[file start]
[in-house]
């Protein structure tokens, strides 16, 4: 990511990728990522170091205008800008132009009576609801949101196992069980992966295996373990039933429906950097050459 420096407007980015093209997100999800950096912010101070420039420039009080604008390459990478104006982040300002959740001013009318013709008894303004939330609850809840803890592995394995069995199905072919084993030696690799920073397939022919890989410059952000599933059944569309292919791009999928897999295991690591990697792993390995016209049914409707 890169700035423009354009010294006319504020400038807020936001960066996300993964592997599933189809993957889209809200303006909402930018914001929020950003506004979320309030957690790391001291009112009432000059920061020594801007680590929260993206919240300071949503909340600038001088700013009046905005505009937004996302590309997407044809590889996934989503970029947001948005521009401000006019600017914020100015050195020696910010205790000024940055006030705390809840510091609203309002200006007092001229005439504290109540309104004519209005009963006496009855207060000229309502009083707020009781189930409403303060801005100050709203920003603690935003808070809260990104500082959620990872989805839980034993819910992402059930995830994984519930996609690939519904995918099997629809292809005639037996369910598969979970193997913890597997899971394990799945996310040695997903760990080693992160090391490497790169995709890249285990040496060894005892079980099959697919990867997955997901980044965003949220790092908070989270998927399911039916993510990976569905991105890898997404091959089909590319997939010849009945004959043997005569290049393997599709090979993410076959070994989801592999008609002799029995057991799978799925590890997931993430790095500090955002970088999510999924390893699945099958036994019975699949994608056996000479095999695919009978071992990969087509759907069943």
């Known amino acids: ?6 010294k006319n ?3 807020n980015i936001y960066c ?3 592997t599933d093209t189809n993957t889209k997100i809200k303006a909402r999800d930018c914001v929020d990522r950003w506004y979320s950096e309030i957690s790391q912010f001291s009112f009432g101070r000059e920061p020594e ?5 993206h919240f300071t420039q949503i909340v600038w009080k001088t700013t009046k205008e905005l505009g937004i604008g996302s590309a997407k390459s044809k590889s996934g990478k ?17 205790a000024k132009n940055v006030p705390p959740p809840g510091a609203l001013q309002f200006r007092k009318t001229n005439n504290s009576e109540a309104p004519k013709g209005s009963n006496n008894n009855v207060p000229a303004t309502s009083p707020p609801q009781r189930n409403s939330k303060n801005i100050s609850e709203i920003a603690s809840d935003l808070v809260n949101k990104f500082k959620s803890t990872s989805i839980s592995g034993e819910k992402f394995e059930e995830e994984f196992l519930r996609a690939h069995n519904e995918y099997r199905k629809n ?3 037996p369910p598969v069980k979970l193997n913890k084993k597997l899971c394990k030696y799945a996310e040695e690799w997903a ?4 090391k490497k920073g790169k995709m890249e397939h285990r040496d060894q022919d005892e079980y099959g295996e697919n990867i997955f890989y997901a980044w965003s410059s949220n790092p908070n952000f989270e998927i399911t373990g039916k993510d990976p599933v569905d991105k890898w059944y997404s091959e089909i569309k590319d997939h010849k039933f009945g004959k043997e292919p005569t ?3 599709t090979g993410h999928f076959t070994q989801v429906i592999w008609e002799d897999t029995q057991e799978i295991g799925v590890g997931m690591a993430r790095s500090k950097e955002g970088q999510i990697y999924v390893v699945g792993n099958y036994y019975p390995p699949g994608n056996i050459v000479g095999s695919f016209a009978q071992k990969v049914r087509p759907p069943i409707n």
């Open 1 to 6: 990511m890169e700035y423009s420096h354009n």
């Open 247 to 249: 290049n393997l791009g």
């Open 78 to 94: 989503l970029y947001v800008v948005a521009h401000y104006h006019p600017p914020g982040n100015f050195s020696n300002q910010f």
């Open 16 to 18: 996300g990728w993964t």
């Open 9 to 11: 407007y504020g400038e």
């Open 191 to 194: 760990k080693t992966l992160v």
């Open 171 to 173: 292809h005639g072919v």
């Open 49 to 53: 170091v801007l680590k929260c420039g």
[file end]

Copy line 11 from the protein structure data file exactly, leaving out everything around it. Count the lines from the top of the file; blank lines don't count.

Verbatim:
């Open 49 to 53: 170091v801007l680590k929260c420039g």